for (auto& resultsChange : changes.insertions) {
std::cout << "The object at index " << std::to_string(resultsChange)
<< " was inserted\n";
}
for (auto& resultsChange : changes.modifications) {
std::cout << "The object at index " << std::to_string(resultsChange)
<< " was modified\n";
}
}
} catch (std::exception const& e) {
std::cerr << "Error: " << e.what() << "\n";
}
});
// Delete and then add an object to see deletions and insertions.
realm.write([&] {
realm.remove(firstDog);
realm.add(std::move(dog2));
});
// Modify an object to see a modification.
realm.write([&] { dog2.age = 2; });
// Refresh the database after the change to trigger the notification.
realm.refresh();
// Unregister the token when done observing.
token.unregister();

Observation stops when the token returned by an observe call becomes invalid. You can explicitly invalidate a token by calling its unregister() member function.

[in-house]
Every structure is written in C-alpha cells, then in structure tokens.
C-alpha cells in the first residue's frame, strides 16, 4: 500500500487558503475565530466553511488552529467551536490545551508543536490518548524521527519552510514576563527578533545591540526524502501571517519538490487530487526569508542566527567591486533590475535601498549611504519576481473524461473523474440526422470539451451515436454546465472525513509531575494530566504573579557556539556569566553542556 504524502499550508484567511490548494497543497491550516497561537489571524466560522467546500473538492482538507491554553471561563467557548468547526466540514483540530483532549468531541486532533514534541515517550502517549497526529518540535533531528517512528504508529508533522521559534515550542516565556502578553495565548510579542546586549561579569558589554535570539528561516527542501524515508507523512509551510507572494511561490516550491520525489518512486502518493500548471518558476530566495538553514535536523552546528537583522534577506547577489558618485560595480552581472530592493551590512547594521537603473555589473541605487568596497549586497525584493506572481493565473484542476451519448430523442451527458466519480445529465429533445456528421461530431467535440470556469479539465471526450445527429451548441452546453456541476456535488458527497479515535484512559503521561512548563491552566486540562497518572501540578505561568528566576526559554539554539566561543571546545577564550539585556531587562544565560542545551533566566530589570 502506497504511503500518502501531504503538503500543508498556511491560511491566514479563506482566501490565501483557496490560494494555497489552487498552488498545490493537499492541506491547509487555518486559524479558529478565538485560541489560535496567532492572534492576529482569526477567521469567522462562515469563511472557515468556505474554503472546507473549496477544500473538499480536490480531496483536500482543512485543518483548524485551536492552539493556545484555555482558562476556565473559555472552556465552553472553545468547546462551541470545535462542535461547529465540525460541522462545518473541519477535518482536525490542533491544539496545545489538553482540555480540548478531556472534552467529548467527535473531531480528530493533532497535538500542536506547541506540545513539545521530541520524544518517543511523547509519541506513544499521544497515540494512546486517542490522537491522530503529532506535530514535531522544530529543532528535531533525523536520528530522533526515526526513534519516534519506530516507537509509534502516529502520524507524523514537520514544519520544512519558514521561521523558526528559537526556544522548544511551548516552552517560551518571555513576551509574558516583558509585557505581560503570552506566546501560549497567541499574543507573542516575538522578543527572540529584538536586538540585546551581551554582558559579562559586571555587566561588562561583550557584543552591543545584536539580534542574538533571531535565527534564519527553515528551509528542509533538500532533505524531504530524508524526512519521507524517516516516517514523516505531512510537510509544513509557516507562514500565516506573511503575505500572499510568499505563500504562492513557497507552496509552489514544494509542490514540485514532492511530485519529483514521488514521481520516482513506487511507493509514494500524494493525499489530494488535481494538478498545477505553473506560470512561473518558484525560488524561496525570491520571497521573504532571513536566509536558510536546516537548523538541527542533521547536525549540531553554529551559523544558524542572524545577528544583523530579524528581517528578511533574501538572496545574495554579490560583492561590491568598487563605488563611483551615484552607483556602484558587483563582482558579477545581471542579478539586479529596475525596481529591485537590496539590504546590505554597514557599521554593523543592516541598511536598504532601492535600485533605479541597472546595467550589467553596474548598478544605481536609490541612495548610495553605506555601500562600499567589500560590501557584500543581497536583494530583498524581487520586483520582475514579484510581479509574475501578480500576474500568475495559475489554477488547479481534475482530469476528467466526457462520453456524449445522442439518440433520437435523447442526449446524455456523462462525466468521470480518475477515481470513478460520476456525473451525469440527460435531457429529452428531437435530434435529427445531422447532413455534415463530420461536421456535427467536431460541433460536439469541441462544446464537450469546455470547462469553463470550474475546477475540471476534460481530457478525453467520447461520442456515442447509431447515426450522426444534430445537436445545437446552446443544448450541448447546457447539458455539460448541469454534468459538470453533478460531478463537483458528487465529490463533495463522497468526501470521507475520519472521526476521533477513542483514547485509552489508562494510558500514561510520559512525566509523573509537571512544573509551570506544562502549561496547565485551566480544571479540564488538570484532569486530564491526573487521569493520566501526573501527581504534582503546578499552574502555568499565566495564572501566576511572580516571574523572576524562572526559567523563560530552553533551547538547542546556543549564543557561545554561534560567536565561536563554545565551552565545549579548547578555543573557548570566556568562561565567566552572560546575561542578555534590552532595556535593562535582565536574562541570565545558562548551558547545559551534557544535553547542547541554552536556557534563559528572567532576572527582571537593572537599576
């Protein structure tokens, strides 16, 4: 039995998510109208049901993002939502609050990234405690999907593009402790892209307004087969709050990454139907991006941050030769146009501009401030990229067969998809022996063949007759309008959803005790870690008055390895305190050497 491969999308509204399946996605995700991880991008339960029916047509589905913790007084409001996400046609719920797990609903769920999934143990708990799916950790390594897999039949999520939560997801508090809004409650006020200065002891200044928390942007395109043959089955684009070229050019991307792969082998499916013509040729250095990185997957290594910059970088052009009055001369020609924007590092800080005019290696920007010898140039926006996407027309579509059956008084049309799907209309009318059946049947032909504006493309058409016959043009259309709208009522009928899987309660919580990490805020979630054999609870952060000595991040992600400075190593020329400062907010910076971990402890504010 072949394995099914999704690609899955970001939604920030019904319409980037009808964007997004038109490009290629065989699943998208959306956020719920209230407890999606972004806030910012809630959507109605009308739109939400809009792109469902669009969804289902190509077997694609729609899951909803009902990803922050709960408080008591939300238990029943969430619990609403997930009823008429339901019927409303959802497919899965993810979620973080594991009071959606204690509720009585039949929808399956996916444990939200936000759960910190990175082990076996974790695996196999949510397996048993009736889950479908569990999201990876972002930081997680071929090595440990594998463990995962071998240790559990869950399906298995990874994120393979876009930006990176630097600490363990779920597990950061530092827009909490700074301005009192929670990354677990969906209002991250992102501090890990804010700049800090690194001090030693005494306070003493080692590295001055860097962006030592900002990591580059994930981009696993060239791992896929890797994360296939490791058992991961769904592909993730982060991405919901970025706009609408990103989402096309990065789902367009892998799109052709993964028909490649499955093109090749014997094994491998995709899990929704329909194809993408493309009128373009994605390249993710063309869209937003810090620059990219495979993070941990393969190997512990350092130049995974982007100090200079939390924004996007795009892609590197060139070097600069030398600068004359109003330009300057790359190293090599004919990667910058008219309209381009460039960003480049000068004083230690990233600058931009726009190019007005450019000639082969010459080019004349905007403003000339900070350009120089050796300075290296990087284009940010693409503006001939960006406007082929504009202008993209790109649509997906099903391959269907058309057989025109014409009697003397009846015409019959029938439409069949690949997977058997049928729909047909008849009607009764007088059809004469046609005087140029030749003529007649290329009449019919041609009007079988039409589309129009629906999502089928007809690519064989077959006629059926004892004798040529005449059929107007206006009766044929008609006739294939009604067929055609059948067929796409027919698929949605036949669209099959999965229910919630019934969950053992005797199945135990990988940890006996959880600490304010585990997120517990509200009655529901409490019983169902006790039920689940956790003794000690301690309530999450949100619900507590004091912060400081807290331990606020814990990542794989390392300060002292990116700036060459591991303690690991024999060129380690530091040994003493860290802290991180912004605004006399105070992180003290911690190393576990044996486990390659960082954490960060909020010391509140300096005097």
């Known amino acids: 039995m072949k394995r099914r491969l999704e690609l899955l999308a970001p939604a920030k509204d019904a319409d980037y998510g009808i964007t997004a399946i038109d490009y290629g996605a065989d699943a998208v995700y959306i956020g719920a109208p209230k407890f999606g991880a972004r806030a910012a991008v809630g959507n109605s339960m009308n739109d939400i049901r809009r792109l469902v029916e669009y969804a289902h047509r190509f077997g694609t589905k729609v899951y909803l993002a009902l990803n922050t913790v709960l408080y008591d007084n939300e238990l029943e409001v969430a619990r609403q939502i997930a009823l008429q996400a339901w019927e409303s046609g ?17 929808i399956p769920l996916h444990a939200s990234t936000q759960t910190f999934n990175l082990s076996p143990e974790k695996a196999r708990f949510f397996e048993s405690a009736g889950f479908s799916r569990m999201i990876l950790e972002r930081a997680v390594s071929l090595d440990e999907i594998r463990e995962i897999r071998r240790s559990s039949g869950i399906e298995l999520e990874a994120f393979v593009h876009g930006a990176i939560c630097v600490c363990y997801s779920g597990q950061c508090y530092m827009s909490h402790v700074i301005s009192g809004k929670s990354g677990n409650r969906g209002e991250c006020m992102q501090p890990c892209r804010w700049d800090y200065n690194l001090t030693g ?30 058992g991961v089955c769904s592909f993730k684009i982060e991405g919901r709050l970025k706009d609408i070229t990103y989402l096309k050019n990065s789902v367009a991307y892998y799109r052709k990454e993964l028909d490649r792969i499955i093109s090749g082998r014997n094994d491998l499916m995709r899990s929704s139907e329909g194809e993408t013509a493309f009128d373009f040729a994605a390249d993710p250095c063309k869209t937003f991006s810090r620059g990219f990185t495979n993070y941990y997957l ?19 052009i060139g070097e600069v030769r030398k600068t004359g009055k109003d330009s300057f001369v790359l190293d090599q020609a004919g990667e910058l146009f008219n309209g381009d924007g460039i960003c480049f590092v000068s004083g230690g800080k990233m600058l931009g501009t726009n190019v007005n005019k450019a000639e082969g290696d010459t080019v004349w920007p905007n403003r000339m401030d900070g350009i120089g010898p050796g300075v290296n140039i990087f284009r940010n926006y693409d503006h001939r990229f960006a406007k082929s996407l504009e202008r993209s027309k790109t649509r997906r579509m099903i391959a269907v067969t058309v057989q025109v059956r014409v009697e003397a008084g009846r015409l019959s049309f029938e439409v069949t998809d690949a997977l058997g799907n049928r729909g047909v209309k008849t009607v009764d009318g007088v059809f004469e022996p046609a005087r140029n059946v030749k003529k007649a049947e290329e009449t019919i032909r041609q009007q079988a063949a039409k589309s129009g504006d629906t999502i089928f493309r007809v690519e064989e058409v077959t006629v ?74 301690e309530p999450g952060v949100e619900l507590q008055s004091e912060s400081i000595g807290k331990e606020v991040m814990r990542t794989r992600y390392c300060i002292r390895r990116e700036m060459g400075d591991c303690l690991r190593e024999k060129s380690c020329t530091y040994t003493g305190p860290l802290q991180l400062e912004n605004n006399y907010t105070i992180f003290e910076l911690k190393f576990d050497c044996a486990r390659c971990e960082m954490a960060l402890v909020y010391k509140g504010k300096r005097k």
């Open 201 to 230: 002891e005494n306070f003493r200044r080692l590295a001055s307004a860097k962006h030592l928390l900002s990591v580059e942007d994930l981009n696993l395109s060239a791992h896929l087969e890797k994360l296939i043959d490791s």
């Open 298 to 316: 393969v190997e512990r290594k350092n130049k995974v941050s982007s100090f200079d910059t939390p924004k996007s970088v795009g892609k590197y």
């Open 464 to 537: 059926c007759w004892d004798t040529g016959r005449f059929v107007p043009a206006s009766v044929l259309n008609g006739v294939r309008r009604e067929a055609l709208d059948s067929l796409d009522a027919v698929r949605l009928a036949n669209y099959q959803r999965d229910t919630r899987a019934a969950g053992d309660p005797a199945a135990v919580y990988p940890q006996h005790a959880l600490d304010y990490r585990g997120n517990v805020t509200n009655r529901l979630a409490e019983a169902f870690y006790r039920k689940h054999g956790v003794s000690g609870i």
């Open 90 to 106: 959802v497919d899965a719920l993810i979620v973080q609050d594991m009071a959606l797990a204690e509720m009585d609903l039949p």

// Unregister the token when done observing.
token.unregister();

Important

Retain Tokens as Long as You Want to Observe

Notifications stop when the token's destructor is called. For example, if the token is in a local variable that goes out of scope. You can use std::move to transfer the token to a variable in a different scope.

Changes in nested documents deeper than four levels down do not trigger change notifications.

If you have a data structure where you need to listen for changes five levels down or deeper, workarounds include:

  • Refactor the schema to reduce nesting.

  • Add something like "push-to-refresh" to enable users to manually refresh data.